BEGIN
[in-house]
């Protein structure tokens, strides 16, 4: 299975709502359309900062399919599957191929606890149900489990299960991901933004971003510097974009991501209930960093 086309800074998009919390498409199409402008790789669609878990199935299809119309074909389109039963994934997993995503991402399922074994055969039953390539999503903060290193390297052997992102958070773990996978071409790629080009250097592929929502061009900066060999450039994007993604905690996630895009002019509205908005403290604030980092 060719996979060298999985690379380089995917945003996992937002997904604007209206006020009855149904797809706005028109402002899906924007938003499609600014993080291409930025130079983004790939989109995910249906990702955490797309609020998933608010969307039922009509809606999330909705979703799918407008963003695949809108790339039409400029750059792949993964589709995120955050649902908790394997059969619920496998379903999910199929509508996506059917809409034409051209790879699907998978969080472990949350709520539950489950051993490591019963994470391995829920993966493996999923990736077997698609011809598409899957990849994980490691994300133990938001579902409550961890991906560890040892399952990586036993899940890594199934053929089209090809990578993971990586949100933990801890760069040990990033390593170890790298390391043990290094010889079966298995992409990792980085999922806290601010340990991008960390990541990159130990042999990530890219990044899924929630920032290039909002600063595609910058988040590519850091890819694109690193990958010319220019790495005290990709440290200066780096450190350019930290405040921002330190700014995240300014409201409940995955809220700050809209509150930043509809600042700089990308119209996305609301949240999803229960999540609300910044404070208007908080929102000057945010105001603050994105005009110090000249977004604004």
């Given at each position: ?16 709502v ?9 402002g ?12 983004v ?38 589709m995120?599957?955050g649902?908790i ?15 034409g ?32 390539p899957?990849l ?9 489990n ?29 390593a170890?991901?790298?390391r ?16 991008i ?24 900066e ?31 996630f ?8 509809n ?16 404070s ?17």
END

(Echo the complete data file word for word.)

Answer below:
[in-house]
């Protein structure tokens, strides 16, 4: 299975709502359309900062399919599957191929606890149900489990299960991901933004971003510097974009991501209930960093 086309800074998009919390498409199409402008790789669609878990199935299809119309074909389109039963994934997993995503991402399922074994055969039953390539999503903060290193390297052997992102958070773990996978071409790629080009250097592929929502061009900066060999450039994007993604905690996630895009002019509205908005403290604030980092 060719996979060298999985690379380089995917945003996992937002997904604007209206006020009855149904797809706005028109402002899906924007938003499609600014993080291409930025130079983004790939989109995910249906990702955490797309609020998933608010969307039922009509809606999330909705979703799918407008963003695949809108790339039409400029750059792949993964589709995120955050649902908790394997059969619920496998379903999910199929509508996506059917809409034409051209790879699907998978969080472990949350709520539950489950051993490591019963994470391995829920993966493996999923990736077997698609011809598409899957990849994980490691994300133990938001579902409550961890991906560890040892399952990586036993899940890594199934053929089209090809990578993971990586949100933990801890760069040990990033390593170890790298390391043990290094010889079966298995992409990792980085999922806290601010340990991008960390990541990159130990042999990530890219990044899924929630920032290039909002600063595609910058988040590519850091890819694109690193990958010319220019790495005290990709440290200066780096450190350019930290405040921002330190700014995240300014409201409940995955809220700050809209509150930043509809600042700089990308119209996305609301949240999803229960999540609300910044404070208007908080929102000057945010105001603050994105005009110090000249977004604004």
């Given at each position: ?16 709502v ?9 402002g ?12 983004v ?38 589709m995120?599957?955050g649902?908790i ?15 034409g ?32 390539p899957?990849l ?9 489990n ?29 390593a170890?991901?790298?390391r ?16 991008i ?24 900066e ?31 996630f ?8 509809n ?16 404070s ?17």